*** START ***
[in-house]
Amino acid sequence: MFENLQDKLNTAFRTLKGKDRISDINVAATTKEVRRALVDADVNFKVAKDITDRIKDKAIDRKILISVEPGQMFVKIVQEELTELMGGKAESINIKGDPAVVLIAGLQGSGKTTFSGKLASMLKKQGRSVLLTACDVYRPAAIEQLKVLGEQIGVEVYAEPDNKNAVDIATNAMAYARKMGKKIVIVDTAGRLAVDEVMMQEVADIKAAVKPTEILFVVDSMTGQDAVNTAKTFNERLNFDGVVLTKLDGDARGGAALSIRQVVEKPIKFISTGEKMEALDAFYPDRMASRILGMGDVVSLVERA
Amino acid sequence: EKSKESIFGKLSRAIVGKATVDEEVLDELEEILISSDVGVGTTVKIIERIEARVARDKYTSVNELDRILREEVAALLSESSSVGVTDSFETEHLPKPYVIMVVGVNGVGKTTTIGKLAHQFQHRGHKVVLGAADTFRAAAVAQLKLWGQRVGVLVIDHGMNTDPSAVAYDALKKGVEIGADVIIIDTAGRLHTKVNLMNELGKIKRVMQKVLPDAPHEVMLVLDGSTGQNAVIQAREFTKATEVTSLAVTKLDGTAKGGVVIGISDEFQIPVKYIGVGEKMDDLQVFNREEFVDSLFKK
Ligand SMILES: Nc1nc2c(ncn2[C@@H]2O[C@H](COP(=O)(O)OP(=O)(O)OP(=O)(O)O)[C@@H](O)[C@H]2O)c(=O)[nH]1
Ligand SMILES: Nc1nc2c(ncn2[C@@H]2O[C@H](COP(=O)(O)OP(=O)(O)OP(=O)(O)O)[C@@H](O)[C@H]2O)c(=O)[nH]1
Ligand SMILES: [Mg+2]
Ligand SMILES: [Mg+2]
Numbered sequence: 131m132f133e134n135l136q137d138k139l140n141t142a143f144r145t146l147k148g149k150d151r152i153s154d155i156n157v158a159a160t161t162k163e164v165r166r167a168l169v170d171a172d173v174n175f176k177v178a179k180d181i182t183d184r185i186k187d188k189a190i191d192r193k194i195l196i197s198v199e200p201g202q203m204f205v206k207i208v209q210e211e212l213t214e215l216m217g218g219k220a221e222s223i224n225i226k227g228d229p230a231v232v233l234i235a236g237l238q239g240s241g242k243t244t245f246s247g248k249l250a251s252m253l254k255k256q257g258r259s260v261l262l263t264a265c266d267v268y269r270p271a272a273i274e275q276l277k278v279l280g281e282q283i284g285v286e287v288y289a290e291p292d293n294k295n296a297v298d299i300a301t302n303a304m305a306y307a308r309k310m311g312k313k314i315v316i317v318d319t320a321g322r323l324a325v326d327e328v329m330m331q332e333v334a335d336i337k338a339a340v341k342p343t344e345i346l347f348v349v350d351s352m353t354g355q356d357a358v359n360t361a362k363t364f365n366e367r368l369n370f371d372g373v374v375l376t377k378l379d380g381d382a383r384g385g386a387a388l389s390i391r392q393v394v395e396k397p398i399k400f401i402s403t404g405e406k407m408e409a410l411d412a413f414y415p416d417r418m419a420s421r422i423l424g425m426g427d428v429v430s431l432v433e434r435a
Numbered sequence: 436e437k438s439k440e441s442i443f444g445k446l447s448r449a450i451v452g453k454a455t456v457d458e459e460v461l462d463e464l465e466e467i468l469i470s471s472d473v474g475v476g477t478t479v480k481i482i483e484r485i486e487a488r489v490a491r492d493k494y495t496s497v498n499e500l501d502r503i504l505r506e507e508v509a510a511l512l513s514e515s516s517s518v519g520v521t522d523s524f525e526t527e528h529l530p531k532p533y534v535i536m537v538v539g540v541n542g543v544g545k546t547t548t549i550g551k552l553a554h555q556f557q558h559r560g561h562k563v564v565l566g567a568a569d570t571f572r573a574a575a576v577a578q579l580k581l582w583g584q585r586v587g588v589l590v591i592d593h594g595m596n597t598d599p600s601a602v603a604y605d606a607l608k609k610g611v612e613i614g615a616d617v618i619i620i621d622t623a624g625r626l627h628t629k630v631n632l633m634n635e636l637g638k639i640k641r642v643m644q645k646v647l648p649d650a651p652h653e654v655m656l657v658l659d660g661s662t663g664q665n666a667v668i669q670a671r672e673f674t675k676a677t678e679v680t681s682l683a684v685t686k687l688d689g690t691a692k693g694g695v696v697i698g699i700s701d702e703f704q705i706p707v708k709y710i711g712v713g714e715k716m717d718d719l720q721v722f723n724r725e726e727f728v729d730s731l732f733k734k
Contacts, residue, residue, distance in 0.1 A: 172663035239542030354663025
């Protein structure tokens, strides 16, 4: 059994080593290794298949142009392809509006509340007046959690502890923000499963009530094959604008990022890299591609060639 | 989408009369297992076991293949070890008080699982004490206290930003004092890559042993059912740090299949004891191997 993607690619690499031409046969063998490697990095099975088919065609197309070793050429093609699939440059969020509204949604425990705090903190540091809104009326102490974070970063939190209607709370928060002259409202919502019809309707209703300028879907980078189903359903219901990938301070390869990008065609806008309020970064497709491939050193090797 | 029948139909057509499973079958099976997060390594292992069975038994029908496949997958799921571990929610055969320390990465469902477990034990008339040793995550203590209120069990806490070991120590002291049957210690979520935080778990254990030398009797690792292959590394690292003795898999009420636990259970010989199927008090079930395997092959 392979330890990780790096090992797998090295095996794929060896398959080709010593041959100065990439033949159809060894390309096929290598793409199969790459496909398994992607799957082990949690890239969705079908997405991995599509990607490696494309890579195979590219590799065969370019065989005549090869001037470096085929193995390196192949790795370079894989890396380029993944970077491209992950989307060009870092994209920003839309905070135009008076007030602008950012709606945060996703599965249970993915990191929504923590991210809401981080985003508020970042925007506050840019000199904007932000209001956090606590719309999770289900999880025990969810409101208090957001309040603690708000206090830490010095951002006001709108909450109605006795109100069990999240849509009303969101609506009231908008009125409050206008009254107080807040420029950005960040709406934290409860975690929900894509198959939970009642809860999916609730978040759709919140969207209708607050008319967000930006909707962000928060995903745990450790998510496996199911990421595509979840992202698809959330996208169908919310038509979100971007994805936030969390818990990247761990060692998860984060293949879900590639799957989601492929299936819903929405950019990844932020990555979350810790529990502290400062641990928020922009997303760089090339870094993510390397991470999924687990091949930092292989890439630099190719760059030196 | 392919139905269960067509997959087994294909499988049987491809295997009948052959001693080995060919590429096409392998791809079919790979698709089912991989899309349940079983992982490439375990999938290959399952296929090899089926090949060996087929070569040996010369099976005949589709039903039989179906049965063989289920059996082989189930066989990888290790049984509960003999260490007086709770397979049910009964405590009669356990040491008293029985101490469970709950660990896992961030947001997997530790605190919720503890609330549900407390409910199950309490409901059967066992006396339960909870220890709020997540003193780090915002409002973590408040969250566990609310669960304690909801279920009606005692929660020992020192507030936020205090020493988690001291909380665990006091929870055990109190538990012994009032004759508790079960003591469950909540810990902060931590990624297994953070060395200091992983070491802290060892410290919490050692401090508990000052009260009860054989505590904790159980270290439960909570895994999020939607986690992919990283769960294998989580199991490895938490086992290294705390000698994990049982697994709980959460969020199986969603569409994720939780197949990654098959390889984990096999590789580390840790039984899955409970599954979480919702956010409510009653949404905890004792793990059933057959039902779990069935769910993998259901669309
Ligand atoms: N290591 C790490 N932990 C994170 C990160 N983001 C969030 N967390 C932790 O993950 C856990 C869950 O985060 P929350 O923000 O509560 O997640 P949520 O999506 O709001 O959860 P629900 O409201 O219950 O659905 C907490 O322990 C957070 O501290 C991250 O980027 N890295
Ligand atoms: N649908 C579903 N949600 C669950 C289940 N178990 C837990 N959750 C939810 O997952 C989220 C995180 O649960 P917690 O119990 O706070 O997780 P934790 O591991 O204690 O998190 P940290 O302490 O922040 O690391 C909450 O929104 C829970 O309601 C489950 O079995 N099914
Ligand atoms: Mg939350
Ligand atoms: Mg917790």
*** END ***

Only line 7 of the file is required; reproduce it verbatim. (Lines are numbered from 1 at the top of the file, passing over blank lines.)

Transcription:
Ligand SMILES: [Mg+2]